Landmark Entertainment President and CEO Tony Christopher thinks it’s about time that the world joined virtual reality: Landmark is unveiling plans to build what it calls a Virtual world’s fair, which could eventually house hundreds of pavilions and become a space for millions of consumers to meet, enjoy entertainment, shop and even take civic action. “It’s the world coming together to celebrate the world,” Christopher said during a recent interview.
However, Landmark’s Virtual World’s Fair isn’t going to launch anytime soon. The company plans to launch the platform in 2017, likely during the second half of that year. That’s because it will take some time to build the environment — Christopher said that Landmark plans to have up to 100 pavilions available at launch. Landmark also wants to wait until VR headsets like the Oculus Rift, which isn’t going to ship until early next year, are going to be widely available.
Of course, that’s a bit of a chicken-and-egg problem: Consumers won’t buy these headsets, which are initially going to be quite expensive, without compelling content and experiences. And Christopher doesn’t want to wait two years. “Somebody has to create that killer platform,” he said, adding: “It has to happen now.”
That’s why Landmark is planning to release a first experience, dubbed the Pavilion of Me, in about a year. The Pavilion of Me will offer consumers the ability to listen to music, watch videos, enjoy their personal media, video chat and even shop in a VR environment. Essentially, it will offer many of the things people already do with their computers, only in an animated VR space.
An early prototype shown to Variety made heavy use of the pavilion metaphor, letting users travel with a kind of elevator from floor to floor to explore different types of use. Throughout the experience, a robotic personal assistant and its pet functioned as guides, cracking jokes and letting users know what they could do in each area.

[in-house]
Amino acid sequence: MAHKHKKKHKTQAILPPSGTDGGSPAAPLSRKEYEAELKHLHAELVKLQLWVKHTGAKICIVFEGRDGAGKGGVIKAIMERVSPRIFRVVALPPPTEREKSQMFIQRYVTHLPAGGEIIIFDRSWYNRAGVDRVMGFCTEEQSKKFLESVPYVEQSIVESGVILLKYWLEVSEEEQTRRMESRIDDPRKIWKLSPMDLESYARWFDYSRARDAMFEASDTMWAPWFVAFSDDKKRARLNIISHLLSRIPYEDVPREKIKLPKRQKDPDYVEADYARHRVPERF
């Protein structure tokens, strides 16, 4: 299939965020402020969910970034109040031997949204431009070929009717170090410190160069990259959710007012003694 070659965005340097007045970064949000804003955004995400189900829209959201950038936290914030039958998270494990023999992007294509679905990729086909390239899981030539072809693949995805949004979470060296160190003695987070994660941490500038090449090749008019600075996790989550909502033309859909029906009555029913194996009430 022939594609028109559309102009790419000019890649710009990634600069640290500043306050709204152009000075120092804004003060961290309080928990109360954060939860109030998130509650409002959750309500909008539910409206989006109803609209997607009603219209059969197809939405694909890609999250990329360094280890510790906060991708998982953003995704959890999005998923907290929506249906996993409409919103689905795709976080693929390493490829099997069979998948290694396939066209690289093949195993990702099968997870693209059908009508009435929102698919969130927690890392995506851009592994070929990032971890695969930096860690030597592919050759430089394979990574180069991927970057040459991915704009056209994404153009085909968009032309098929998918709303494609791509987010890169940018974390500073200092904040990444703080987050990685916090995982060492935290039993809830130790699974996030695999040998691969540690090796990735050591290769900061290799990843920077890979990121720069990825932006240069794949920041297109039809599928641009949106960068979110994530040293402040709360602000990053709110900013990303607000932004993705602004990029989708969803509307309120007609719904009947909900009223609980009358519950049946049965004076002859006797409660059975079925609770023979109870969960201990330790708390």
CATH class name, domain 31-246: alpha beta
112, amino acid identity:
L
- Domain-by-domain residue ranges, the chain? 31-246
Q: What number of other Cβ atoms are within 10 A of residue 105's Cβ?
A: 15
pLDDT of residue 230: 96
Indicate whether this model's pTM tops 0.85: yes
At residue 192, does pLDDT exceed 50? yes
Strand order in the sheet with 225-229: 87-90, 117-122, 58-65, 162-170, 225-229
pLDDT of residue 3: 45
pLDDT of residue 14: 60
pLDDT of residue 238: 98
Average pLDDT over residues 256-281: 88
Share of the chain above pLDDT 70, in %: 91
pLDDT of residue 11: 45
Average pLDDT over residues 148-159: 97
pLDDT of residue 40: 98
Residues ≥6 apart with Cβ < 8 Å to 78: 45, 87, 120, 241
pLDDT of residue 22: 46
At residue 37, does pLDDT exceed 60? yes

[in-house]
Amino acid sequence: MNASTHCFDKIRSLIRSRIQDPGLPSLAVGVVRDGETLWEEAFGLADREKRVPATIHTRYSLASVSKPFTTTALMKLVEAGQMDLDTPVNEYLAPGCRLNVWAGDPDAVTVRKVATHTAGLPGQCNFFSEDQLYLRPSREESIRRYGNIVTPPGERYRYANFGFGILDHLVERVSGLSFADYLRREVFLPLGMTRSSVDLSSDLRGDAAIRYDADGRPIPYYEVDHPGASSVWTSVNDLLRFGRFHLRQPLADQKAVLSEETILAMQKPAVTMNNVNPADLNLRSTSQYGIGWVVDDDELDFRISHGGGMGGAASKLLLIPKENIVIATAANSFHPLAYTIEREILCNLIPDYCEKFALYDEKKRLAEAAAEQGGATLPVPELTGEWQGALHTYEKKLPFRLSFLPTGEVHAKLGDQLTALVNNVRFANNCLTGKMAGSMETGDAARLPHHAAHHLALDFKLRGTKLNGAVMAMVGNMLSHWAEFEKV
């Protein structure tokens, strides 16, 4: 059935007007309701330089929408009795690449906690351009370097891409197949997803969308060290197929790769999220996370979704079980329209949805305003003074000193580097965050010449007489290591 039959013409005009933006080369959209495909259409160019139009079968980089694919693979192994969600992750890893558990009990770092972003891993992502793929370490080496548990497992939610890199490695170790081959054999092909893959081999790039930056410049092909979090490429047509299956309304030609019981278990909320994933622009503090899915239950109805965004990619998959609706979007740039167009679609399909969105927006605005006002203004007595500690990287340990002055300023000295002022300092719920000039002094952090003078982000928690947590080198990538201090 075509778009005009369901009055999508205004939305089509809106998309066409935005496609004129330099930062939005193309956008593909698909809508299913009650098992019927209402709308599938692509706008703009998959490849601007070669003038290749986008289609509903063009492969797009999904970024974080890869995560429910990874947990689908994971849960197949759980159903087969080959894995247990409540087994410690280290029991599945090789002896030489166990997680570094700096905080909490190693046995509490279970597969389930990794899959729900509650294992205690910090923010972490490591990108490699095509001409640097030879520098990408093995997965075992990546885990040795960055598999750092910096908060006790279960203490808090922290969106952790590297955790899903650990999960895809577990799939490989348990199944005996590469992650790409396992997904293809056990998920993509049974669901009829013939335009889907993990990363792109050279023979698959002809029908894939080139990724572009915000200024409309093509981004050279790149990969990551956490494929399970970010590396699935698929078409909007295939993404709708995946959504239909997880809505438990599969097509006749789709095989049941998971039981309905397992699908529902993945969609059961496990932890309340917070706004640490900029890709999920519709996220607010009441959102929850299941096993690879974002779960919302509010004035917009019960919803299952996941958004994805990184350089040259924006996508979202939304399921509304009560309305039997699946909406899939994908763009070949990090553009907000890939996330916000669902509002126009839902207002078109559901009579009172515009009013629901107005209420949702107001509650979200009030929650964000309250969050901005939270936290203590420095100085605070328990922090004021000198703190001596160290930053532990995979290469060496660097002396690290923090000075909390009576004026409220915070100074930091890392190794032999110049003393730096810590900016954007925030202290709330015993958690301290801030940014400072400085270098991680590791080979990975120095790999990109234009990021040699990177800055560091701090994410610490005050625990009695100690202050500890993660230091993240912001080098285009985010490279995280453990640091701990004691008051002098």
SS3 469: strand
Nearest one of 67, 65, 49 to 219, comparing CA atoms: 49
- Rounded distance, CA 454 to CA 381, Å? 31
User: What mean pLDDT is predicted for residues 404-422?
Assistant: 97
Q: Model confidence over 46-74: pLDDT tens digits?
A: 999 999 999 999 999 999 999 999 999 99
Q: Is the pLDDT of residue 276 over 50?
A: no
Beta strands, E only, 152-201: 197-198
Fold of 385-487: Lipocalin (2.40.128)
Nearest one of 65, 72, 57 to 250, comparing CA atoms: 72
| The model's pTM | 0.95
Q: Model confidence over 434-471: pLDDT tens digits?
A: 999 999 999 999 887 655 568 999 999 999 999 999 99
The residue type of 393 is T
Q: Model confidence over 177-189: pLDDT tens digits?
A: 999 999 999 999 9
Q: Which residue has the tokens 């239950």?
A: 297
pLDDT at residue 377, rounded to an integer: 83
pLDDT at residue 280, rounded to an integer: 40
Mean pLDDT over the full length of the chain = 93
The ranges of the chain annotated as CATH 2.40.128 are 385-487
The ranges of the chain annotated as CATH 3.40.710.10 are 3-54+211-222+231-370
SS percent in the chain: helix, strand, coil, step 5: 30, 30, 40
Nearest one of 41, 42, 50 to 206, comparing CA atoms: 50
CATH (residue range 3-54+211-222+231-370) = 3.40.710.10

Christopher said that Landmark wants to use the Pavilion of Me as a kind of daily utility that gets users to regularly come back and explore VR. The company plans to release it with a freemium model, allowing users to personalize parts of their experience for free, but ask them to pay for others.
Later on, Landmark then wants to integrate that Pavilion of Me into the Virtual World’s Fair, which will host different sections based around the age and interests of its users. A section called “Dataland” will host experiences for smaller children; a “Passportal” will allow to virtually travel to and explore national parks, museums, concerts and other places and events around the world; a separate section will allow brands to advertise and sell their goods; something called the “Tower of humanity” will invite users to learn about issues, take action and donate. “We want to be seen as a project that is meaningful,” Christopher said.
Pulling all of that off in two years is a very ambitious undertaking, even for a company that has been building entertainment experiences for 35 years. Christopher said that he has a team of 30 working on its virtual reality projects, and that Landmark is looking to partner with tech companies on the creation of both projects. The company is in the process of finalizing a round of funding for its new VR subsidiary, he added. Landmark has also announced that it is building an on-location VR experience in China.
Landmark Entertainment may sound like an unlikely company to get into virtual reality, but for Christopher, it’s only a continuation of what his team has been doing for the past decades. Landmark has built a number of theme park attractions for Universal Studios and other clients, using 3-D projections and sensory experiences to make audiences believe they were really in the middle of the action for rides like “Terminator 2: 3-D.” “We were doing virtual reality in the hardest way,” said Christopher during an interview with Variety earlier this year.
Sill, Landmark will have its work cut out for itself, in part because it will have to compete against a number of other companies. One of them is Linden Lab, the maker of the Second Life virtual world. Linden Lab is currently building a new VR-optimized world code-named Project Sansar that promises many of the same things as the Virtual World’s Fair — and it’s built by a company with many years of experience in running online services.
But Christopher is determined, and he thinks the time is right for bold moves in virtual reality. “We believe it’s happening now,” he said.